BUDAPEST, July 19 (Reuters) - Hungary’s centre-right Fidesz government has spooked markets for the second time in less than two months, bringing talks with the IMF/EU to a premature end. Following are analysts views on what Fidesz is doing and why:
Fidesz won a parliamentary election in April on the promise of generating growth and jobs through tax cuts, which appears to have been its only economic policy plan, analysts say.
Global markets have taken a sour turn, however, and the government was forced to abandon its budget loosening policy. It has done so half-heartedly, and the programme it was forced to put forward in June reflects a resentment toward austerity.
Fidesz hopes to maximise popular support for the local elections on Oct. 3. Before ousting the Socialists from power in April, the party had won voters by campaigning against a series of austerity measures by the left. Coming out with such measures of their own would risk alienating swathes of the electorate.
If they are to consolidate their power at the local level that will give Fidesz 3-1/2 years without an election, giving the government a freer hand.
Hungary’s existing IMF/EU agreement will expire by October, giving Fidesz enough time to secure a safety net to fall back on. It remains to be seen whether the patience of markets will last another two months.
IS THERE A DANGER FIDESZ WILL RISK CONTINUED MARKET SELLOFF?
Yes, there is. Fidesz’s popularity is rooted in a populist agenda that eschews austerity. To execute its agenda — supporting families and small businesses at the expense of taxing banks and multinational firms — Fidesz needs to control local governments.
The breaking point will likely come soon after the local elections, which will coincide with writing next year’s budget and the expiry of the current IMF/EU aid deal. If Fidesz does win local elections with a strong mandate, it can relax the populist agenda.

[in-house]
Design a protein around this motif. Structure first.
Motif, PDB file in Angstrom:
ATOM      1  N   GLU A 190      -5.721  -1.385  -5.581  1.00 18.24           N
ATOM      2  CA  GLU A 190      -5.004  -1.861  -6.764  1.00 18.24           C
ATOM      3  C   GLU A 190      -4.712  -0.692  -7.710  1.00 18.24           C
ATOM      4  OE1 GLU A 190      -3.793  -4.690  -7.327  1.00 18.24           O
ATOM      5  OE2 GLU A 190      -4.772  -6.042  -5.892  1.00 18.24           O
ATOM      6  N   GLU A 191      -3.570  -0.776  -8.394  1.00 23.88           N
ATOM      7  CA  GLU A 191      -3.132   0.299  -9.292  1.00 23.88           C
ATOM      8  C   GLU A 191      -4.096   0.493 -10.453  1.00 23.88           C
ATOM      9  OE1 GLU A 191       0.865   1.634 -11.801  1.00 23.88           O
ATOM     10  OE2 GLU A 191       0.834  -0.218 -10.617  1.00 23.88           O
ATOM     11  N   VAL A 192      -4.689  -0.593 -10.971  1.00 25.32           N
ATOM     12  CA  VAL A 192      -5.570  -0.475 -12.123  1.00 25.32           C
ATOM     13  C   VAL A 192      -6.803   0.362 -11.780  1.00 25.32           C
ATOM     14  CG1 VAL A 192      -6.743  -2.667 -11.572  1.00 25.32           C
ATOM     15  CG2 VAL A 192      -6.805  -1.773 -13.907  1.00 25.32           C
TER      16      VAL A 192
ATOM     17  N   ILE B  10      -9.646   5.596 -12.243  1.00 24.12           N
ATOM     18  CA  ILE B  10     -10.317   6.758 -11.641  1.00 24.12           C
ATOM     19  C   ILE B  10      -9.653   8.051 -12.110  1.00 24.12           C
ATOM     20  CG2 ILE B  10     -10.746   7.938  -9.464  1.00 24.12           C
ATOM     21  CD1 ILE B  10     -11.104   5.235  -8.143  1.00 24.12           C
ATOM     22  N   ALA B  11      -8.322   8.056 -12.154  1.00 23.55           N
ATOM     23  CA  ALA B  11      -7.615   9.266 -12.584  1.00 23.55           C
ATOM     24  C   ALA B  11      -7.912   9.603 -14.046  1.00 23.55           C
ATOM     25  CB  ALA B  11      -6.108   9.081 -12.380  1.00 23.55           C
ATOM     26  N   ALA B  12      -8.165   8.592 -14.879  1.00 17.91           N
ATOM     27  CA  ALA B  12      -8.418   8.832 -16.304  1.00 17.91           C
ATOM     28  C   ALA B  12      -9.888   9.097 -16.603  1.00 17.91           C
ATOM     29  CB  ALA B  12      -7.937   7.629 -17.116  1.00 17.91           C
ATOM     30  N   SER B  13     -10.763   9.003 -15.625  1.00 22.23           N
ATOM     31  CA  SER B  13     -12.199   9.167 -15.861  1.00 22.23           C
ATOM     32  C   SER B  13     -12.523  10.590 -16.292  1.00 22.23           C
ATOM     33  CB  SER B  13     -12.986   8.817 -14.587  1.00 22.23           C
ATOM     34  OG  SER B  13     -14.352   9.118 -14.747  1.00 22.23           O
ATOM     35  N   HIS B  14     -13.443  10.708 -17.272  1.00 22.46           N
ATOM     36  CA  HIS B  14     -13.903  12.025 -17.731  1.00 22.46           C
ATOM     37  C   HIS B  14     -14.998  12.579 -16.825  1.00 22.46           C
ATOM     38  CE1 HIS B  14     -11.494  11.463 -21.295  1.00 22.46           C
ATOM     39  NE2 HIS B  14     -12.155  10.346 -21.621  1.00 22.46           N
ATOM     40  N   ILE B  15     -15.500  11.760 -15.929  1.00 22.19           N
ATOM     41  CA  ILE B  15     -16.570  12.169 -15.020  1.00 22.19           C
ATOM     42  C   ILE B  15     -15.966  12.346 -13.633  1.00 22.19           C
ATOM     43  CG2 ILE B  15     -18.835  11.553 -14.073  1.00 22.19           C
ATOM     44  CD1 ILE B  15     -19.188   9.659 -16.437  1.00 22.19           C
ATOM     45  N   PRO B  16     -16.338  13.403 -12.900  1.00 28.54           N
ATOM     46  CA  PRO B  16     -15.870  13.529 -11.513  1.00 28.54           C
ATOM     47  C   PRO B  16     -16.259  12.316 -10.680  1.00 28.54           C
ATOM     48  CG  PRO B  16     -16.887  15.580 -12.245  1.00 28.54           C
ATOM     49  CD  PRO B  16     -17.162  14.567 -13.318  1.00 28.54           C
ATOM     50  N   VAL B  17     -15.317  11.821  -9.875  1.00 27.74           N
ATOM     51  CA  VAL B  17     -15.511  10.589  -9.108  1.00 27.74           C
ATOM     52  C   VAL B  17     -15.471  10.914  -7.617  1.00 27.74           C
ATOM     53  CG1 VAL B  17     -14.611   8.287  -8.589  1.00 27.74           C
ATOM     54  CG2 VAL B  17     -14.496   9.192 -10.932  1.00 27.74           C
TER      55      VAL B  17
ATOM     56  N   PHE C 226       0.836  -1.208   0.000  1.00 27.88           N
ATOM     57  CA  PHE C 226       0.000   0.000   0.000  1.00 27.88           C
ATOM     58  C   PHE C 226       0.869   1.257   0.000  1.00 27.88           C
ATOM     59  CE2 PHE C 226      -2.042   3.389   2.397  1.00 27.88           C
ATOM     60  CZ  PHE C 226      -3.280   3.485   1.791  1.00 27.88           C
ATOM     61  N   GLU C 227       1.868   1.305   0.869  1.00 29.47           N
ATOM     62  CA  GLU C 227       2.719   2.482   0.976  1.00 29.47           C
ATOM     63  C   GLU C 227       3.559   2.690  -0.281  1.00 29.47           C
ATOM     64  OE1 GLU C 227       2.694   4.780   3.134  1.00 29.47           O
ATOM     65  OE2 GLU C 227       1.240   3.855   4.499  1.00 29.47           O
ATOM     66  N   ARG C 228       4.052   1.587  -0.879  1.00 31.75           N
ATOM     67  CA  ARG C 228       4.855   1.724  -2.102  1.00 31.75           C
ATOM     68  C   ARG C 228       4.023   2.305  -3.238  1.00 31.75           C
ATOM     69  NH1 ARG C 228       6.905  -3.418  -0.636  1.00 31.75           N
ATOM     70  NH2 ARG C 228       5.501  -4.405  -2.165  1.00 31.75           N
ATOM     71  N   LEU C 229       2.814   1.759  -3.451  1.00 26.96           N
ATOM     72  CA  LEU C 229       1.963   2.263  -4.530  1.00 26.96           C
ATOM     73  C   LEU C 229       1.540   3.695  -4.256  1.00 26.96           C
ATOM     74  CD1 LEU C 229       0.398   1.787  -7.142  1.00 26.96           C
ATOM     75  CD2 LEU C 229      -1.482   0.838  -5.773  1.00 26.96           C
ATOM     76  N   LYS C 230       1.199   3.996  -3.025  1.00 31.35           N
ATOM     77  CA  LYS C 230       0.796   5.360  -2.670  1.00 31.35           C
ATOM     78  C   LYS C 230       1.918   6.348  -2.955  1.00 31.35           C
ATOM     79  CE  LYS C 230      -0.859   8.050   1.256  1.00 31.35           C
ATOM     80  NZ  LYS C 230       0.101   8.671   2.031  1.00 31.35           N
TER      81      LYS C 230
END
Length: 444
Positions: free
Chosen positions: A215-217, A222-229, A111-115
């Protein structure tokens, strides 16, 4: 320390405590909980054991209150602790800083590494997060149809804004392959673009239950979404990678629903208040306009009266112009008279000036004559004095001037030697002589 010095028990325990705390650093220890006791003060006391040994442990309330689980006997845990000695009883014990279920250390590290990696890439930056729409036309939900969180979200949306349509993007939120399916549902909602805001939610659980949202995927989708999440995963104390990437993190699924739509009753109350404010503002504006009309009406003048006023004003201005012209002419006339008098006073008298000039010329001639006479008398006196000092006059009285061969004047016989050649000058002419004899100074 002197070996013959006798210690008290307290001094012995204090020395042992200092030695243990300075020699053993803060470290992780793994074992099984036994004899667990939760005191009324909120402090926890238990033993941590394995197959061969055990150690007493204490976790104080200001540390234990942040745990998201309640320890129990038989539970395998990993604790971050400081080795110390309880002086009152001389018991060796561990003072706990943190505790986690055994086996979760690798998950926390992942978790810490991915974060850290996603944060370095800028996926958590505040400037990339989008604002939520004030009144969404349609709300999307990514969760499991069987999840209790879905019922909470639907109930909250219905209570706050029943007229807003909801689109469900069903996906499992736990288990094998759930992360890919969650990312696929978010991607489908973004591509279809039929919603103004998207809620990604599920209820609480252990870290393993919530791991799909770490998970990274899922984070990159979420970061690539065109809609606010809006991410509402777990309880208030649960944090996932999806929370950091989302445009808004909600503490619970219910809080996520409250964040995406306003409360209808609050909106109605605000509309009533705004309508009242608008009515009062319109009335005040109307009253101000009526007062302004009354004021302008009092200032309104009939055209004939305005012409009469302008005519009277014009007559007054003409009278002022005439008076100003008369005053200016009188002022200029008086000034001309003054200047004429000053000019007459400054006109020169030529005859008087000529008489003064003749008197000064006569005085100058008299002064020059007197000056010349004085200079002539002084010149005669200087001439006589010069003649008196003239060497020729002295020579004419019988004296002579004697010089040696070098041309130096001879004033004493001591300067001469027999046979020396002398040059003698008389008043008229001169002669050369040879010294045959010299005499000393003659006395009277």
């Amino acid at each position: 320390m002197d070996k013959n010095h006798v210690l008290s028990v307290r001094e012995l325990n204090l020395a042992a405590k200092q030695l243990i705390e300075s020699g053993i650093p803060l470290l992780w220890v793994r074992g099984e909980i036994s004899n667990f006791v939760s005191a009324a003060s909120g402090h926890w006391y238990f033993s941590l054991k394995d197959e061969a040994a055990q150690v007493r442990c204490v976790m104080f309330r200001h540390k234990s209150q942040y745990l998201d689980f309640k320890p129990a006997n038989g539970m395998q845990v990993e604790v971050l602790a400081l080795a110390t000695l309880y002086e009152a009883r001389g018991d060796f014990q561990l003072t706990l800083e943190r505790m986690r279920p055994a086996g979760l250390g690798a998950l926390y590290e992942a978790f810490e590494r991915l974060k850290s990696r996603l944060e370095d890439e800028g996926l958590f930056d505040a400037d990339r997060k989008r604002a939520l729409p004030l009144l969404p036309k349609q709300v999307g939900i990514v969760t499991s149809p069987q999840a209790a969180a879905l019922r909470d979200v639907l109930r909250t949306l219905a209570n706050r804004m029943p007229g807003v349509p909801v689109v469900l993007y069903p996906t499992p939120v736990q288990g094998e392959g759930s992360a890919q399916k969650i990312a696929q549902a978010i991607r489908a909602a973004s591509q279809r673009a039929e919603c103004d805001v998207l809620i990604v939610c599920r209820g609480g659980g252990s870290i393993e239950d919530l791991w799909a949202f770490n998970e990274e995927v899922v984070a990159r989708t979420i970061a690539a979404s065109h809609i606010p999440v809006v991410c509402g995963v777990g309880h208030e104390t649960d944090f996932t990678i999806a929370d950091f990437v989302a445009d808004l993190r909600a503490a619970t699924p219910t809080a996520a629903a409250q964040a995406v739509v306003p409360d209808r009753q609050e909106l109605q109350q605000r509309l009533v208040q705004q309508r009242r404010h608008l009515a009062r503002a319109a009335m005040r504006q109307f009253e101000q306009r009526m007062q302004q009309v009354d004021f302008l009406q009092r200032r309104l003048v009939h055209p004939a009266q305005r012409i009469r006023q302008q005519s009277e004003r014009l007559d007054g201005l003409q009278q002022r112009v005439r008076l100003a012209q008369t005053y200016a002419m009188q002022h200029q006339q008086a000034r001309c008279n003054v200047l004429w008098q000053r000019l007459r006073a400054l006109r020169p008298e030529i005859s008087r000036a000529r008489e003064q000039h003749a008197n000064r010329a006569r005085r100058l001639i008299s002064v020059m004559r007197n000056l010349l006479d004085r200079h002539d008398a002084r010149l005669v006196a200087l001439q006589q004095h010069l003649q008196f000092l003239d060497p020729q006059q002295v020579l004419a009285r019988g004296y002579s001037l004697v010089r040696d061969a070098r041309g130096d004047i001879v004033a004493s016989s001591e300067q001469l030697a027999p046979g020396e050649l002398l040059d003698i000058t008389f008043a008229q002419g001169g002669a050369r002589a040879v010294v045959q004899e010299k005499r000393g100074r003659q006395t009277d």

The party has proposed legislation to lower the tax burden on households and companies and wants the financial sector — mainly banks with west European parents — to foot the bill.
The choice to put pro-growth minister Gyorgy Matolcsy in charge of the economy reflects the idea that deficits can be reduced not just by spending cuts but also by measures increasing the country’s potential growth.
The clash over the deficit between the government and lenders masks a deeper philosophical divide between the expansionary and the restrictive school of economics at a time when most EU governments are forced to tighten their belts.
Fidesz, which wants to distance itself from leftist governments of the past 8 years, loathes the idea of austerity for fear of being branded the same as the Socialists.
Its efforts to meet the 3.8 percent of GDP budget deficit goal centre on a financial sector tax. Fidesz’s reluctance to introduce harsher spending cuts and its insistence on the bank tax strengthened its populist image among investors.
Other measures, most notably a planned pay cut at the helm of the central bank, further enhance this image.
Prime Minister Viktor Orban, 47, is the ultimate decision maker in both the Fidesz party and the government.
Orban is the strategist when it comes to politics, while in economic matters he is said to be listening mostly to Matolcsy, who has a pro-growth vision of policy which differs from that of fiscally-focused former Socialist prime minister Gordon Bajnai.
Orban is advised by experts including ex-cental banker Gyorgy Szapary and former finance minister Mihaly Varga, but it is Orban who puts the final seal of approval on all major decisions. He has a tight grip over his party and the cabinet.
Getting back into power with an unprecedented over two-thirds majority in parliament in April was his biggest victory and gratification for elections lost in 2002 and 2006. Orban plans for the long term and has envisaged the next 15-20 years of Hungarian politics would be defined by “one central political force” — his Fidesz party. (Reporting by Gergely Szakacs, Marton Dunai and Krisztina Than; Editing by Janet Lawrence)